A sales and marketing strategy is a focal point when one plans to run a business. However, entrepreneurs should also include proper legal representation in their priority list so they can avoid financial losses caused by any legal problems. Unfortunately, legal terms and systems tend to be complicated, especially for entrepreneurs who are just starting their small and medium enterprises (SMEs) and startups.
Indonesia Investment Coordinating Board (BKPM) data show that as many as 2,017 startups had been established as of February this year. The country was also home to 62.92 million SMEs, according to Cooperatives and SMEs Ministry data in 2017. Those numbers are rising and appear as a major opportunity to 30-year-old Rieke Caroline. She seized the opportunities of flourishing technology by founding PT Legal Tekno Digital, a startup that provides legal services through a digital platform, in March 2016. Her goal is to make legal services easier to access and less complicated for entrepreneurs, especially newcomers, through utilizing technology.
With capital of less than Rp 100 million from her own savings, Rieke developed a platform named Buat Kontrak (later rebranded as Kontrak Hukum) that offers a package of up to 10 draft contracts for small and medium enterprises (SMEs) and startups. The platform works as a connector between client and selected lawyer, as well as a referee in overseeing the legal drafting process. And the entire process is quick, she claims the company can deliver the first draft of a contract within three days. During the initial phase of the business, she carried out the administrative, sales and marketing tasks all by herself, while partnering with three lawyers using a project-based payment system. To her surprise, the company received orders for at least contract-drafting packages within the first month of operation.
“From that point, I understood that there was a market demand for legal services, which could not be served by conventional law firms,” she says.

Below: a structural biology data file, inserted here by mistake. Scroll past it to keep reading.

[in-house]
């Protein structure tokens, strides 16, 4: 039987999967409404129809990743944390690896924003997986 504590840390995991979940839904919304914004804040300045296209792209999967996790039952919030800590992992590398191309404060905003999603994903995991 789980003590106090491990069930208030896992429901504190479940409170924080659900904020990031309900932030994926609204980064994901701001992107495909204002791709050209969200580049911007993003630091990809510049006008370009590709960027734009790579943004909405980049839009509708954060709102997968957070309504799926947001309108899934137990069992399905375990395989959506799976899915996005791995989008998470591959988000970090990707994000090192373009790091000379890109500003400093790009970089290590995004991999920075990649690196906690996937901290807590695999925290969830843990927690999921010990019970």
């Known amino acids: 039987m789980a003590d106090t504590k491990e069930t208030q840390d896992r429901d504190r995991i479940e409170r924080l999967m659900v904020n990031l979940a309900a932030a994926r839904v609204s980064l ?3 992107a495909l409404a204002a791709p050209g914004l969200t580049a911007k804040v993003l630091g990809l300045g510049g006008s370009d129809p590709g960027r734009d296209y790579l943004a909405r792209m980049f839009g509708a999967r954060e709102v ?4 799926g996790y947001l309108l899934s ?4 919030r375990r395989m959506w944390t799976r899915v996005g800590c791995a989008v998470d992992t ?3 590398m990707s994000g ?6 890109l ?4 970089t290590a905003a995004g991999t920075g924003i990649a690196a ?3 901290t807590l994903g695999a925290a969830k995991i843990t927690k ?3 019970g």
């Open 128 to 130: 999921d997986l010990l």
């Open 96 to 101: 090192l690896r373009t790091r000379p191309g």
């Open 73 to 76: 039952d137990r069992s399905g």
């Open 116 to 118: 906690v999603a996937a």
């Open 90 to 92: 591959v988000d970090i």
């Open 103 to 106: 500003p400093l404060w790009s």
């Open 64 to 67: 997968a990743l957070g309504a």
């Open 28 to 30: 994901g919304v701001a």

Helping others cope with legal matters was Rieke’s dream since she was young, which was triggered by a bitter experience in her childhood. Her family went through a relatively difficult time after her father’s automotive business turned sour because an important business contract was annulled unilaterally. That unfortunate event led her to gradually develop a curiosity and passion for legal matters. She studied law for her undergraduate degree at Pelita Harapan University and continued her master’s degree in law (notary) at the University of Indonesia.
Yet, Rieke did not start her career working in the legal sector. Instead, she worked as a news anchor at Metro TV for five years, which enabled her to interview numerous prominent figures like Steve Forbes and William Tanuwijaya of Tokopedia. Working as a journalist did not mean she forgot her passion for legal matters. In fact, the combination of having a knowledge of the law and experience in exploring business issues made her realize that the old-fashioned, niche legal sector had not yet been disrupted by digitalization. The discovery led her to decide to resign from journalism to focus on growing her own business.